Imagine an application fronted by Nginx. Multiple Nginx containers terminate SSL and load balance among multiple upstream applications. Each Nginx instance shares the same tag and Triton CNS address record. The tag can be added using the
triton CLI tools, as well as in the Triton Compute Service portal. Those Nginx containers will be globally findable using the following DNS FQDN:
<service name>.svc.<account uuid>.<data center name>.triton.zone
Web browsers can go to the generated hostname, but it’s easier to CNAME a convenient domain name. In BIND DNS, that would look like the following:
<my domain name> IN CNAME <service name>.svc.<account uuid>.<data center name>.triton.zone.
And here's what it looks like in CloudFlare DNS:
Requests to those DNS domain names will be sent to one of the Nginx containers at the front of the app. Triton CNS, in this case, makes it easy to globally discover my application.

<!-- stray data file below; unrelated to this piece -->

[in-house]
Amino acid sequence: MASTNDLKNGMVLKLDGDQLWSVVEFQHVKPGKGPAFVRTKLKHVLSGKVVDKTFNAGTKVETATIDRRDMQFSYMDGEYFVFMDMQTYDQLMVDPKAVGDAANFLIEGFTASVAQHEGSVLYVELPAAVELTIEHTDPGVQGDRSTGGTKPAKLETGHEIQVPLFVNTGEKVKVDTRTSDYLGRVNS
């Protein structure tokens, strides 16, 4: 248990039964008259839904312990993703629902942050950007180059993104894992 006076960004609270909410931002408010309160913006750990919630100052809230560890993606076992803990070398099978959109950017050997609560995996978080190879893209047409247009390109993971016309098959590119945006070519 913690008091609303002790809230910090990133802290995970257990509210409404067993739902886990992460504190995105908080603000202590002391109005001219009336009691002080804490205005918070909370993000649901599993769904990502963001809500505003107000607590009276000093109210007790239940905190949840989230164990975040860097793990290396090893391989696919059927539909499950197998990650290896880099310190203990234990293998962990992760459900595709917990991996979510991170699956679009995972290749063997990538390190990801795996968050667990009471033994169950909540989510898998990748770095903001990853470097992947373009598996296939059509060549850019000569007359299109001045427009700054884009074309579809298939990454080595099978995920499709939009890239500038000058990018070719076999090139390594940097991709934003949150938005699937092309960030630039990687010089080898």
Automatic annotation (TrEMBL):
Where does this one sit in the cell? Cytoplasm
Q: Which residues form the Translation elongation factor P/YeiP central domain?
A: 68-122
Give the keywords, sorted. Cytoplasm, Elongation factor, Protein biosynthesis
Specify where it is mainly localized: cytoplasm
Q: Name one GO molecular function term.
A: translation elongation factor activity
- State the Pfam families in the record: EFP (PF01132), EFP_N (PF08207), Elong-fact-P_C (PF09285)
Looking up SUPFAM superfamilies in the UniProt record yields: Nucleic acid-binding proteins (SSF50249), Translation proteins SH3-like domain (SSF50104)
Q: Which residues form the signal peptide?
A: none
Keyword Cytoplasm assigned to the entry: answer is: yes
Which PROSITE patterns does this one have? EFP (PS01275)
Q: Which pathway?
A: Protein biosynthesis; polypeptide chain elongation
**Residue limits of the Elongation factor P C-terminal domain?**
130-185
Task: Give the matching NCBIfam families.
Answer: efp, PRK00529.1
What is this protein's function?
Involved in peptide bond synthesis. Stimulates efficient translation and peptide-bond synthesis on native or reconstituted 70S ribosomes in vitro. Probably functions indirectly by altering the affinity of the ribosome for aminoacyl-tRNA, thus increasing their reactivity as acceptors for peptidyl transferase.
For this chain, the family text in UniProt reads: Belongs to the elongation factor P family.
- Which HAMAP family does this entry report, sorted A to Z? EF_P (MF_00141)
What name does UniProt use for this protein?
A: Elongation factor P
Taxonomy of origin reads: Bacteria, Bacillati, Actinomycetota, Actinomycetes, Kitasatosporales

As we scale the number of Nginx instances up and down with demand, or replace instances as I update them, the new IPs of those instances will be reflected in the address records returned by Triton CNS.
Triton CNS’ automated DNS services make it easy for users to find the application, even as the specific instances hosting that application change. This makes it easy to build highly available and highly performant applications with no additional charges beyond the application infrastructure.
While Triton CNS may not be a good fit for interconnecting all parts of an application (see caveats), it’s ideal for bootstrapping application components. Watch for an upcoming update in our blueprint for launching an HA raft of Consul instances as one example, but it also makes it very easy to link all application components to that Consul raft.
Inside the data center, instances that don’t have public network interfaces can be found in private DNS using:
<service name>.svc.<account uuid>.<data center name>.cns.joyent.com